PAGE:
Posted May 25, 2018
In 2018 Nova Scotian taxpayers will spend more than $400 million dollars in support of universities, and another $26 million in student scholarships and bursaries.
The students themselves spend more than that amount on their share of tuition and fees. In addition, most of them study away from home and pay for food and accommodations in the city or town where they study.
Posted May 18, 2018
The government and the Nova Scotia Teachers Union are doing a disservice to taxpayers and today’s teachers, who are paying for the inadequacy of past contributions by and for the teachers that retired long ago.
In contrast, the public-sector pension plans for civil service and health care workers are well-funded and can be expected to keep their promises to pensioners over the long term.
Posted May 11, 2018
The city planned to pay for the convention centre with property taxes on the other buildings in the Nova Centre. It didn’t work, and it was always a bad plan.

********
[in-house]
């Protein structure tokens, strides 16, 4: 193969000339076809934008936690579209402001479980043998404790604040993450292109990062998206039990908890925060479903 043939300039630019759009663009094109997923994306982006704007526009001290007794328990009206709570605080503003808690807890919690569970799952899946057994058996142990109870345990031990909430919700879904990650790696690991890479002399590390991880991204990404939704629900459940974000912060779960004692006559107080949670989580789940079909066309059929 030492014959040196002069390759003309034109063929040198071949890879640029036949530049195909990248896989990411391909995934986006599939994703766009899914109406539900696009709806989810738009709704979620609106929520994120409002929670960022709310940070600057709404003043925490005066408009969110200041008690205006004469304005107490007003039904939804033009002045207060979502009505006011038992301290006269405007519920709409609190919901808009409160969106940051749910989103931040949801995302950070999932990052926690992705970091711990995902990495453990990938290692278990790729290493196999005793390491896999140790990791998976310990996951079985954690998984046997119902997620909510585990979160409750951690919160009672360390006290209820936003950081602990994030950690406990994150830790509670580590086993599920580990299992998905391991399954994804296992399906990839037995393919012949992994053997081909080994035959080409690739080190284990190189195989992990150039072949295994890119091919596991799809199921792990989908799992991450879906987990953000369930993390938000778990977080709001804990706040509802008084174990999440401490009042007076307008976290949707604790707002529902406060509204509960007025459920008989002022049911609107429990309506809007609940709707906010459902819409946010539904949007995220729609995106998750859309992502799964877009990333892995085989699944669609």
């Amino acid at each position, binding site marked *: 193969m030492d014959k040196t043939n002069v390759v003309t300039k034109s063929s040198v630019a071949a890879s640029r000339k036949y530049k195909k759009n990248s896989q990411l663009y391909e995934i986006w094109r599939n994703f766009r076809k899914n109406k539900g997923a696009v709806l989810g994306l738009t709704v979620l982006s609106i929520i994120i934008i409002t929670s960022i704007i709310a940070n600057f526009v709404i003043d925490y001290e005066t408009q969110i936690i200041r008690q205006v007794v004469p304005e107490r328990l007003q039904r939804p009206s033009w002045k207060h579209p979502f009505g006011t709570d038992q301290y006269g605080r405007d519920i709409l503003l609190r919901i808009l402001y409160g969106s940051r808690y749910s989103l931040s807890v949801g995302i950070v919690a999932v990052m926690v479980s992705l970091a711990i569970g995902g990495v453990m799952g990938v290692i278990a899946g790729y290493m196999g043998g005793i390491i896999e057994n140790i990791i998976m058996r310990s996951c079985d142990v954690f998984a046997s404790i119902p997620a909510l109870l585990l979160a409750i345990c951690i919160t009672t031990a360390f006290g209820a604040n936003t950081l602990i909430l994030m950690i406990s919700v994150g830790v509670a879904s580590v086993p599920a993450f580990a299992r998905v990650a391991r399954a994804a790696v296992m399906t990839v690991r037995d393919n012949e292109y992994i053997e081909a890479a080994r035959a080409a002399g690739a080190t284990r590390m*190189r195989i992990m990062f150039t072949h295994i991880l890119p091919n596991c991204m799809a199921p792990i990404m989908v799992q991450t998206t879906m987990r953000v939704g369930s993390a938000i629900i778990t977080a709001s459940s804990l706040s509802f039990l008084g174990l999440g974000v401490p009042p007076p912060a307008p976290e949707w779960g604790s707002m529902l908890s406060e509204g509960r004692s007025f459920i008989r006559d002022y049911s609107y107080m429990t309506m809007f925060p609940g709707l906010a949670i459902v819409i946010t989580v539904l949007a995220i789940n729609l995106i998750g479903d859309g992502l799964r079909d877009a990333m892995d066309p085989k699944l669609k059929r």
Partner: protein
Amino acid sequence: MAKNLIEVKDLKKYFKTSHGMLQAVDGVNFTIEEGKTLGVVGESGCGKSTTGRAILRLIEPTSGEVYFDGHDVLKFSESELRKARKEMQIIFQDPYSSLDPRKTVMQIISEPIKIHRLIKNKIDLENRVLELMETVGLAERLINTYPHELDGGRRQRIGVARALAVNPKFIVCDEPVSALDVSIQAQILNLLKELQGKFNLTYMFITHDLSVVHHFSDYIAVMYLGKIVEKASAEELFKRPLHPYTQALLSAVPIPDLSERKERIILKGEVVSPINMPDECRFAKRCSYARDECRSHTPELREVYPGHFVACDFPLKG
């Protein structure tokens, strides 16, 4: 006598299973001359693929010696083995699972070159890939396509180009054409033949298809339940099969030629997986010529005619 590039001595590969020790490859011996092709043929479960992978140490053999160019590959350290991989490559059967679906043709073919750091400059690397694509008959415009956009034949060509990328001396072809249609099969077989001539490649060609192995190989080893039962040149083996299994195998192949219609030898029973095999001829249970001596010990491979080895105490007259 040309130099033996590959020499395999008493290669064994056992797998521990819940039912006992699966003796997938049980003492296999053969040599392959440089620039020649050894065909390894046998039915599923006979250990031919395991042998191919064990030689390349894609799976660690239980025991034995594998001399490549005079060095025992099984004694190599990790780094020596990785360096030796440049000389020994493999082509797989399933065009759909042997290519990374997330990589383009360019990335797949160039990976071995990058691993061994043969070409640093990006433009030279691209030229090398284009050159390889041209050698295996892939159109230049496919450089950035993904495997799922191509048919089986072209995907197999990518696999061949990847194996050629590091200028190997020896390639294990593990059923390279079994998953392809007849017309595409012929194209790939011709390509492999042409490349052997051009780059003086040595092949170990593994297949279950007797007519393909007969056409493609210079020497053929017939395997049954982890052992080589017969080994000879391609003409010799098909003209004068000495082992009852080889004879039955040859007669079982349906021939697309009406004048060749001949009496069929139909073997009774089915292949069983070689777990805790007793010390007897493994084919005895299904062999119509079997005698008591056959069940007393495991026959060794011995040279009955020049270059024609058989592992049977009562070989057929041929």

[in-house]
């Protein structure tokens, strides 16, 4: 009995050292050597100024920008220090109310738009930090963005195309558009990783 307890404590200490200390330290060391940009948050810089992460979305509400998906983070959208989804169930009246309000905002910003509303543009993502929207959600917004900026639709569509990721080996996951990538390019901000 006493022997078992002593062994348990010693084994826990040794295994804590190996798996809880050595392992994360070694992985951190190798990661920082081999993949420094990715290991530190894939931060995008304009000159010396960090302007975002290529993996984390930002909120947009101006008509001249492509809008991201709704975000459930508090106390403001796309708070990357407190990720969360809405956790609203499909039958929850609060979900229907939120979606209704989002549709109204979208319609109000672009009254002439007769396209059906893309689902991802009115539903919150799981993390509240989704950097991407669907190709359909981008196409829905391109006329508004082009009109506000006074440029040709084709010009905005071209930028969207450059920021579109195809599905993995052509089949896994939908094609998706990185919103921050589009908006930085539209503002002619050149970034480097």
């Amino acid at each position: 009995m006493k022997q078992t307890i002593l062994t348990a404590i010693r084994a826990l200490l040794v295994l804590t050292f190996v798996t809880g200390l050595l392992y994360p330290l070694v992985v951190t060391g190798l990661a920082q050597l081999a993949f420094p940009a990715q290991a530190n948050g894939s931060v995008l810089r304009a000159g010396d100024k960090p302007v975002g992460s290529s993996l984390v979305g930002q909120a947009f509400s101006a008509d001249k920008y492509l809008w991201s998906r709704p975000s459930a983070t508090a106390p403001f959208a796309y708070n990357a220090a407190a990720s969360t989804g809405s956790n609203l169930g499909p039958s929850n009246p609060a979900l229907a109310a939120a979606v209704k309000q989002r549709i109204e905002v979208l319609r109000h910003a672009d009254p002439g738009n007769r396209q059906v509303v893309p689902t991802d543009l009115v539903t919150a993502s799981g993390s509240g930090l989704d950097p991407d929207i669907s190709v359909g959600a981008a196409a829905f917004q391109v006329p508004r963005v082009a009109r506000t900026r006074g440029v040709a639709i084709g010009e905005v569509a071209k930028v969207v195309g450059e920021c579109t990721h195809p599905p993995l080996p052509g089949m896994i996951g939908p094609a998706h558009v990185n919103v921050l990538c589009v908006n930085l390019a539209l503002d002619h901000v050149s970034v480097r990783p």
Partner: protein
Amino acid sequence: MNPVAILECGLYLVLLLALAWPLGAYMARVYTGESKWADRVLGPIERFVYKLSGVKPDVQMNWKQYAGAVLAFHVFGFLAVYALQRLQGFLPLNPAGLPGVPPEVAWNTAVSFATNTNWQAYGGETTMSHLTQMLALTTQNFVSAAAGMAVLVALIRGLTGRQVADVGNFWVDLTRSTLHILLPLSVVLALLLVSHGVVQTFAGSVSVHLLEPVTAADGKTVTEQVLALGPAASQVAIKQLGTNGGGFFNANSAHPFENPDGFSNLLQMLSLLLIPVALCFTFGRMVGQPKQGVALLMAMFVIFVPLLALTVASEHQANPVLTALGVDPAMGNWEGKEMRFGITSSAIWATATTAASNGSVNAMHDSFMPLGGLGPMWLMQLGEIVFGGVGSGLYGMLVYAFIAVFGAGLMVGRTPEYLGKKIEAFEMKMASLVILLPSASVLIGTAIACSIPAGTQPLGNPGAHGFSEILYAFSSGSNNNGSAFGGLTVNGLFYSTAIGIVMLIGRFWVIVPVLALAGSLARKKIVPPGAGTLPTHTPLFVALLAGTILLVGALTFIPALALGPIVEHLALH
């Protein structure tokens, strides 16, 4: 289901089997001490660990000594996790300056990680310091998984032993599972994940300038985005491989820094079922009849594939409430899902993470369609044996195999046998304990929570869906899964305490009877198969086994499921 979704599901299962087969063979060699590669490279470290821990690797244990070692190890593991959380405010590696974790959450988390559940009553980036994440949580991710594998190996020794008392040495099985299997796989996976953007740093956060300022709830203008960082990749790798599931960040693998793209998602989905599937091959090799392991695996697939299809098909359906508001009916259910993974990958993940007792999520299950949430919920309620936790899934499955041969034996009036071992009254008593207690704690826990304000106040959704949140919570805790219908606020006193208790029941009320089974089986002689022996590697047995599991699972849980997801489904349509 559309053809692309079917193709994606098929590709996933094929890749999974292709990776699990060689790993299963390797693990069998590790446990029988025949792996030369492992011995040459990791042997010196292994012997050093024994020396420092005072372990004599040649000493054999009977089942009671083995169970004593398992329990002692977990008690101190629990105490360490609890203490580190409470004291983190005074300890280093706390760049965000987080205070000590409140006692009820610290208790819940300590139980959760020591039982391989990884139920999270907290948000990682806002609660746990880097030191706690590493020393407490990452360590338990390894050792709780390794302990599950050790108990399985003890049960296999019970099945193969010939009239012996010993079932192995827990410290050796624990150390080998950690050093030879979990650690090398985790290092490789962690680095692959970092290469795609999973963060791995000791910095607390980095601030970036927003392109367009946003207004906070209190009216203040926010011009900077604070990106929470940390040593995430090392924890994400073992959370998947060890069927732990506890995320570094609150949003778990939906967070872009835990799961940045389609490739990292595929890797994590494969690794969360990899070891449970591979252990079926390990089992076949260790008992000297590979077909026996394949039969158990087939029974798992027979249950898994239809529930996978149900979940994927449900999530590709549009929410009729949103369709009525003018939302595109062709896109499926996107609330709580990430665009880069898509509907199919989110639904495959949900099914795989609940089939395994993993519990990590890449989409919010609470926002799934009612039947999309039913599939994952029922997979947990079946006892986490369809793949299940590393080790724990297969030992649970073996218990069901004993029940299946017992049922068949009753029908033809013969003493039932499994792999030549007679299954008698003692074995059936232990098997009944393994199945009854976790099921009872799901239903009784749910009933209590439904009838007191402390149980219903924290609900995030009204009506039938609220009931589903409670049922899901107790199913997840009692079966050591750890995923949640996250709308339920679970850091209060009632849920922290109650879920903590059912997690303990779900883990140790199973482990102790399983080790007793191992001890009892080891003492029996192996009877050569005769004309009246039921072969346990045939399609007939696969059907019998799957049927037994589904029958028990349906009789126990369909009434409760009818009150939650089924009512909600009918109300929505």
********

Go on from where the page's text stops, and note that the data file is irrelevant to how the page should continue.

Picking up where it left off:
In late 2010, Halifax City Council voted to commit $56.4 million, matched by both the province and federal government, toward the cost of the convention centre portion of the Nova Centre project. Part of the proposal was that that some or all of the city’s funding could be financed by the property taxes on the commercial part of the project.
Posted April 27, 2018
Justin Trudeau spoke to the Liberal faithful for just under 30 minutes on April 21st. He loves to talk about “sunny days.” The list of topics he didn’t discuss was as revealing as the ones he did.
Posted April 13, 2018
One of the attributes that propelled Justin Trudeau to power in the 2015 election was his propensity to be pleasant in his words and demeanour. This was in sharp contrast to Stephen Harper’s dour persona.
On the other hand, Harper was careful to say what he believed, even if the message was unpopular in some quarters. Trudeau wants all of his messages to be popular, whether or not they reflect what his government actually does.